I'm sorry to see you have decided to drop the DVD case and have decided to include the DVD within the magazine. I think that it is a bit of a con trick to advertise this as a "green" decision, when we all know that it is purely a cost cutting exercise on your part.
I have been a subscriber for some time now and I have all your DVDs stored in my collection, so I do not like this change.
We assure you that this change to an internal DVD wasn't a light-hearted decision. We can imagine that readers who keep a complete set our our DVDs in a collection might see this as a disruption. You are correct that this change to the DVD was, in part, a cost-cutting measure; however, the same can be said for the entire Green IT movement. Part of the point of Green IT is that saving resources also saves money.
In this case, the savings allow us to protect our subscription rate and cover price in a time of fluctuating exchange rates and rising shipping costs, but this change is also something we have had on our minds for a long time because, yes, we really are concerned about conservation. Many readers might not be aware of the waste endemic in the magazine distribution process. As a result of newsstand returns, a large portion of magazines sent to the newsstand aren't even sold (nearly half in our case, and we actually perform better than the industry standard return rate, which is more like 2/3).
Consider, also, that some of our readers buy the magazine for reading only and don't even keep the DVDs. Some readers install the DVD and dispose of the disc; other readers keep the DVD in the case for a few months (until a new version comes out) and then throw it out. The result is that, although the DVDs themselves are widely used and appreciated by our readers, according to our estimates, only about 10-20 percent of the DVD cases are actually permanently employed for their intended purpose.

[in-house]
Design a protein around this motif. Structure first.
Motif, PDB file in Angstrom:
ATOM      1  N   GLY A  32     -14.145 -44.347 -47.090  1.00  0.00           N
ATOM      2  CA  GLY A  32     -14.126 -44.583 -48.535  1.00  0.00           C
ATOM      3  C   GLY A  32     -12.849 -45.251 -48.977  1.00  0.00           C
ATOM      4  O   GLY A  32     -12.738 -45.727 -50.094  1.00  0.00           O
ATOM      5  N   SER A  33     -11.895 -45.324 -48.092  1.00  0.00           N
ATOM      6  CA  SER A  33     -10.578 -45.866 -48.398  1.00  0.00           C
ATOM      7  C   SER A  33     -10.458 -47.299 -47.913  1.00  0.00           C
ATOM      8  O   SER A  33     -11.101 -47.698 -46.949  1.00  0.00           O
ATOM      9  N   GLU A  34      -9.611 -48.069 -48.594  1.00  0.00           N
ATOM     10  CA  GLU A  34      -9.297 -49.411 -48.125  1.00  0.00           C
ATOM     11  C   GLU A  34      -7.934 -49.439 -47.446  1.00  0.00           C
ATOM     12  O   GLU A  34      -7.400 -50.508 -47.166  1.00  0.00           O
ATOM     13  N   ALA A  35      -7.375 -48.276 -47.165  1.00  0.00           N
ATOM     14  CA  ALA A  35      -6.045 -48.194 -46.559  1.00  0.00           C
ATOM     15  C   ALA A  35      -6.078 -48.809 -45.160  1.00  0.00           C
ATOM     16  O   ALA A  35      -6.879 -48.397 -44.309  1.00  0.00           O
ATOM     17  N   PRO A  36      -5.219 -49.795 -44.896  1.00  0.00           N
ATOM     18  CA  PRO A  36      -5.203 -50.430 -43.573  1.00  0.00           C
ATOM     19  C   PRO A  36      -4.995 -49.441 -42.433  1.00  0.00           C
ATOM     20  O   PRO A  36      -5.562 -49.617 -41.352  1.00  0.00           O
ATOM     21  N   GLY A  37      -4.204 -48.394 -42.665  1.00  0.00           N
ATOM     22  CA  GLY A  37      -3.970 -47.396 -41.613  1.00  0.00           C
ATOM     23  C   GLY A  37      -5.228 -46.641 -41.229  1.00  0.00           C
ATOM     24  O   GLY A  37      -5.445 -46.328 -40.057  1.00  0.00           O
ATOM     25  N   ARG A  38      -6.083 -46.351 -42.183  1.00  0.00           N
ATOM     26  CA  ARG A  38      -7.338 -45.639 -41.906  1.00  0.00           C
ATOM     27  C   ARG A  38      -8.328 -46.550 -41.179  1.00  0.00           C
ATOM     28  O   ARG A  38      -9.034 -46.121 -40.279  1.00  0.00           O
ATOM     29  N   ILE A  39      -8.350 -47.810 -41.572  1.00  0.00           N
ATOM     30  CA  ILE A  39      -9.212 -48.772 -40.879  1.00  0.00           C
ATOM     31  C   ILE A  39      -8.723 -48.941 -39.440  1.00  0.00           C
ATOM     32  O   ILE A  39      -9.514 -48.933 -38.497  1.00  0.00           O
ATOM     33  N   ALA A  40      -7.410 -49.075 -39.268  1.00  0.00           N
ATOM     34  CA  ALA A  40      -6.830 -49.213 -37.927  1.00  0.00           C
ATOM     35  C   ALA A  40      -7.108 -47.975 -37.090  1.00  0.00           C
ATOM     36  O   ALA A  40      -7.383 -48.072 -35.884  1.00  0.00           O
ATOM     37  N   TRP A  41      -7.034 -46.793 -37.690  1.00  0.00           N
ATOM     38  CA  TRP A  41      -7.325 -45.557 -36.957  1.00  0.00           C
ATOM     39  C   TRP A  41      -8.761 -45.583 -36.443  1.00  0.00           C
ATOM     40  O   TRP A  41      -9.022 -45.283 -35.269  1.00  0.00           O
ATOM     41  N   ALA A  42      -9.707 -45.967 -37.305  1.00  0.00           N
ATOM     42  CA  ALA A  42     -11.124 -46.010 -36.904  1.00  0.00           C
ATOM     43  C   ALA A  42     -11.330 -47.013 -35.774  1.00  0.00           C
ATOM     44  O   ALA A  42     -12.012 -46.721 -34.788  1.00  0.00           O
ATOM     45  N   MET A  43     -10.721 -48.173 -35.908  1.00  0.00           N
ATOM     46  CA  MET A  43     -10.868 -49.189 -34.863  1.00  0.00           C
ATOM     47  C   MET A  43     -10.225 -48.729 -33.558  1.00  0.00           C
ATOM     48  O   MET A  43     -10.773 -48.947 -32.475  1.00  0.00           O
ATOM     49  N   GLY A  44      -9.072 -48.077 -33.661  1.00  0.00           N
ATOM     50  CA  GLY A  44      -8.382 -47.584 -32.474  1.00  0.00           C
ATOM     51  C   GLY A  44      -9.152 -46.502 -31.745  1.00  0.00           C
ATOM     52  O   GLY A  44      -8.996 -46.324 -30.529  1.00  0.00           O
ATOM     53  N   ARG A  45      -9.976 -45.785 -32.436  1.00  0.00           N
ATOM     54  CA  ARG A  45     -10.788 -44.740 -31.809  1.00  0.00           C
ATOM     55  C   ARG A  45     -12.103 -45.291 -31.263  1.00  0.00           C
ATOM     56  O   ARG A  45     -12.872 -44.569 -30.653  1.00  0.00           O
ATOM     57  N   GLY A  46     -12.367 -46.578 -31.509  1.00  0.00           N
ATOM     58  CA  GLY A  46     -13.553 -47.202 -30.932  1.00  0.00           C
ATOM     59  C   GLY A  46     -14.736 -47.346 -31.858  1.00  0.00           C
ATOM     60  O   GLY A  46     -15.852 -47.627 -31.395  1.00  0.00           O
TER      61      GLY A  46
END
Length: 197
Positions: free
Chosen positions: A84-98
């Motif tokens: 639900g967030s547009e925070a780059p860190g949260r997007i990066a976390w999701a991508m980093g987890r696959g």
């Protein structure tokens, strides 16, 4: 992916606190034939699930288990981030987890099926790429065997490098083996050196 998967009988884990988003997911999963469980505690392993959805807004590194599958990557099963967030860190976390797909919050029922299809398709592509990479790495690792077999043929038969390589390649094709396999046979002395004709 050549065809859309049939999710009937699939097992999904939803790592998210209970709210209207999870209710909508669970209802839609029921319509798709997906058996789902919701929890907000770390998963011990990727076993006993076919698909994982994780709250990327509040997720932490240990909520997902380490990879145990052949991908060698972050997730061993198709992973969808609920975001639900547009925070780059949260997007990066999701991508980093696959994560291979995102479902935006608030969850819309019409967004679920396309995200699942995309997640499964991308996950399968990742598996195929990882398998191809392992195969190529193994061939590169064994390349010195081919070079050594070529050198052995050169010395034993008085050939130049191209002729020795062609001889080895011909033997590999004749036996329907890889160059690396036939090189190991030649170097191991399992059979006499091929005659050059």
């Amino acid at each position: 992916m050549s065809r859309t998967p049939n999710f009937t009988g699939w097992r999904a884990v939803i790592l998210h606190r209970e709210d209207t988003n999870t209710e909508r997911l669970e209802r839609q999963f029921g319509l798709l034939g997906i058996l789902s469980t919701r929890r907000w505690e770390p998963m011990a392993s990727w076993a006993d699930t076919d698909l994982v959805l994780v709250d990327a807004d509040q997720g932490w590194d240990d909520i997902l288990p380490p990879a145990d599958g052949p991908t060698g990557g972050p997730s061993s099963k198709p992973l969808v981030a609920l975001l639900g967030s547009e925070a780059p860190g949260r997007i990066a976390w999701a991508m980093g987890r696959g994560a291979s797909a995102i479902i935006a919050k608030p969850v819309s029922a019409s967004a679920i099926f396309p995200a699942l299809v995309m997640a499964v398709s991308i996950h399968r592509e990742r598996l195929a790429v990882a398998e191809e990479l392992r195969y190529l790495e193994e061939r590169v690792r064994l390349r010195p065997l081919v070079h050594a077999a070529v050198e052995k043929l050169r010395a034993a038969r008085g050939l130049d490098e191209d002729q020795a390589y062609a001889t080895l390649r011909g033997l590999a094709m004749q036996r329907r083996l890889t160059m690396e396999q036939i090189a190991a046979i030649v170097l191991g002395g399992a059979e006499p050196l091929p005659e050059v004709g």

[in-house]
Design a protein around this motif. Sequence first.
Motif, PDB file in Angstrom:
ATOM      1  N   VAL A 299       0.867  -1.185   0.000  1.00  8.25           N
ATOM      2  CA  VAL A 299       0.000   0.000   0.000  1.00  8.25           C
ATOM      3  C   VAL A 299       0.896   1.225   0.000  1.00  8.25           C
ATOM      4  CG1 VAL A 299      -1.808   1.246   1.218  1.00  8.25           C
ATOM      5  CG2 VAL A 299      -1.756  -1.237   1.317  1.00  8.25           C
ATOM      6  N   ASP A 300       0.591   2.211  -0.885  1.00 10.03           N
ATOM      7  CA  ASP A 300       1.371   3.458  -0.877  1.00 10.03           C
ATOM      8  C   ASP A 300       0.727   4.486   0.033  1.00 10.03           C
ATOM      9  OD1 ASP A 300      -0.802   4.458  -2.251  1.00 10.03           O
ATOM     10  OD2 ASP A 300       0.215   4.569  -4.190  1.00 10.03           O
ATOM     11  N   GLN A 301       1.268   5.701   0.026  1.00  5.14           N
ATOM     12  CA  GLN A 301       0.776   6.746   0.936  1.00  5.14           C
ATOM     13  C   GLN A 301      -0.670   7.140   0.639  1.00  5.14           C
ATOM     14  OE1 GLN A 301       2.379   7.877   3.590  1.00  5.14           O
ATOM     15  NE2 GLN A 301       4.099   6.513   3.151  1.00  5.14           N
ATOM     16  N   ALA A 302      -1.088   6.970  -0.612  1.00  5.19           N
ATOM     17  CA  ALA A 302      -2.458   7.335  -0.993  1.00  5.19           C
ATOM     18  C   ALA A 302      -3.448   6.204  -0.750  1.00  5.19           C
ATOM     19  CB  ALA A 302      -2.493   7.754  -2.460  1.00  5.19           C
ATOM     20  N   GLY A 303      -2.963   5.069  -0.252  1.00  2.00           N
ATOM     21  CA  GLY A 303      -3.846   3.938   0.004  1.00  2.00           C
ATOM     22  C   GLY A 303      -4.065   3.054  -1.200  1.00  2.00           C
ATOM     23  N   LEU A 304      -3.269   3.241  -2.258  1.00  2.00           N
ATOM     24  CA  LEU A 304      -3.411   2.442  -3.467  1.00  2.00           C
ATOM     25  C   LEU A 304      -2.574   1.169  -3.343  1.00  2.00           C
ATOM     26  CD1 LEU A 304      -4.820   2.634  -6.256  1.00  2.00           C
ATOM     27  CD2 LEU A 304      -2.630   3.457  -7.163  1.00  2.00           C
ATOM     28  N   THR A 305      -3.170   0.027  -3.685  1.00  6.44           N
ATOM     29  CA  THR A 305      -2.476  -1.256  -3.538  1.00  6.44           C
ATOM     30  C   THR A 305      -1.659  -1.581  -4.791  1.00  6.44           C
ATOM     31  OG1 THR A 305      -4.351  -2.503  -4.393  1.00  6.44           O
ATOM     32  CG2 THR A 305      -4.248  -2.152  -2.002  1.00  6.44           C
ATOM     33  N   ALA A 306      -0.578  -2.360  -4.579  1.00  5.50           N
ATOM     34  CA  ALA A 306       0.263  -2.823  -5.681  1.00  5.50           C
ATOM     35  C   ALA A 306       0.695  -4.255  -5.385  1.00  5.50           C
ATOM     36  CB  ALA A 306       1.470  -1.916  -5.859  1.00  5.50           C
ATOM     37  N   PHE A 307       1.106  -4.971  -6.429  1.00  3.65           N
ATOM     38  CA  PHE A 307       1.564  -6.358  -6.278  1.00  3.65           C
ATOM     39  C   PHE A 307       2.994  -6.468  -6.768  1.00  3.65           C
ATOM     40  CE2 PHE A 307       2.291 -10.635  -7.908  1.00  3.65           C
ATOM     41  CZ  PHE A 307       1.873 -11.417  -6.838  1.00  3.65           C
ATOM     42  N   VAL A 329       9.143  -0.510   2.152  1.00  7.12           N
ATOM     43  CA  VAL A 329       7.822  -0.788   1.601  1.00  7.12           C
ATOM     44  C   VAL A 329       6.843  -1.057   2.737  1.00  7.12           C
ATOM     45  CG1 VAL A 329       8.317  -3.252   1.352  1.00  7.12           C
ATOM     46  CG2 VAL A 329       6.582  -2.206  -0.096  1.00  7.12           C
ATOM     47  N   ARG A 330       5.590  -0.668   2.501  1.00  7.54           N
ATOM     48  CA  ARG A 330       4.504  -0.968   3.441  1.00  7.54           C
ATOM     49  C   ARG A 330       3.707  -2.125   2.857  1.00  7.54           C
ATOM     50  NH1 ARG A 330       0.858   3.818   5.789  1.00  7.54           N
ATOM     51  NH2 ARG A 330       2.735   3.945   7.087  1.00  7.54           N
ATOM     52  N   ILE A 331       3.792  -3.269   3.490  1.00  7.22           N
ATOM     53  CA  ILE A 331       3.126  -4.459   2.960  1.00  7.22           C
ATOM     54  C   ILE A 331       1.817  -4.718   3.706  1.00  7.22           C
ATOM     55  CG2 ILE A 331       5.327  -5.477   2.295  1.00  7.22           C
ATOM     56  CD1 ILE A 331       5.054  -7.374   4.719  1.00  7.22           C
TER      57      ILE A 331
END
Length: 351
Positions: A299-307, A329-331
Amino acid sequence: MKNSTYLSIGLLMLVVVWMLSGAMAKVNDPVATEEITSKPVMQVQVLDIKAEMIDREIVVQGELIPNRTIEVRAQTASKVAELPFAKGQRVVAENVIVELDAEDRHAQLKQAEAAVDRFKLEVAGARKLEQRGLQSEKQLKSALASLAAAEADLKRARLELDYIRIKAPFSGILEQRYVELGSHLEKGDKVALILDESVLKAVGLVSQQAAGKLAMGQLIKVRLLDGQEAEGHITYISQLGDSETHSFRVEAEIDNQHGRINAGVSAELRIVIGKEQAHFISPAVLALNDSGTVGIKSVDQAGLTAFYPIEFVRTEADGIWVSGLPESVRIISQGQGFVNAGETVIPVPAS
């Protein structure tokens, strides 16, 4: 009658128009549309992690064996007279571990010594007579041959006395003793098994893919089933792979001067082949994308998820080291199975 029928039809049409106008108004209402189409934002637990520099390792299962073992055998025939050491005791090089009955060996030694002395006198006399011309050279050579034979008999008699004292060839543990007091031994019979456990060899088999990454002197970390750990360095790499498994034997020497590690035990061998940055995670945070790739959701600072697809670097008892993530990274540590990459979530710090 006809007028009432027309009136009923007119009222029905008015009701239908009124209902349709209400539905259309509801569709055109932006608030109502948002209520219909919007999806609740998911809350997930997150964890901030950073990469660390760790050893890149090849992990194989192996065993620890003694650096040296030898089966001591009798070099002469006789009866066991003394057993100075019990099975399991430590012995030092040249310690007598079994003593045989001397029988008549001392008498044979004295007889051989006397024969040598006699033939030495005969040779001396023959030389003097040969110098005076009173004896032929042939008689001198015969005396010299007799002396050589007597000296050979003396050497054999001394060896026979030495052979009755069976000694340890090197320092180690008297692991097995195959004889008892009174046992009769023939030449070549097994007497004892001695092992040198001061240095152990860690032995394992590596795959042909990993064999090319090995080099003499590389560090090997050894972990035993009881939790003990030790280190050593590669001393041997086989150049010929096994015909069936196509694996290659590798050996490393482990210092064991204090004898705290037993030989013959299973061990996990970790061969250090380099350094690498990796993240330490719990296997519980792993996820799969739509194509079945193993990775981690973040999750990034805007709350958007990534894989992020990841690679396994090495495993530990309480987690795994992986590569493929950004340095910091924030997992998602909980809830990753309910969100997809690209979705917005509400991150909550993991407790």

I read with great interest the Workspace column titled "Saved For Later" in the September, 2008 issue of Linux Magazine. The article describes the OpenOffice Bookmarks Menu extension.
On page 86, Dmitri writes, "After pressing OK twice and creating a dialog called Bookmark Dialog (..), you are done." He could just as well have said, "After building your own whitebox, you are done."
The instructions need a more step-by-step approach. I eventually figured out this cryptic instruction.
I presume that this is because of some kind of editing mistake.
Buy this article as PDF
HP's annual Cyber Risk report offers a bleak look at the state of IT.
But what do the big numbers really mean?
.NET Core execution engine is the basis for cross-platform .NET implementations.
The Xnote trojan hides itself on the target system and will launch a variety of attacks on command.
Spammers go low-volume, and 90% of IE browsers are unpatched.
Adobe scrambles to release patches for vulnerable Flash Player.
Four-inch-long computer on a stick lets you boot a full Linux system from any HDMI display device.
New statute would require companies to report break-ins to consumers.
Weird data transfer technique avoids all standard security measures.
FIDO alliance declares the beginning of the end for old-style login authentication.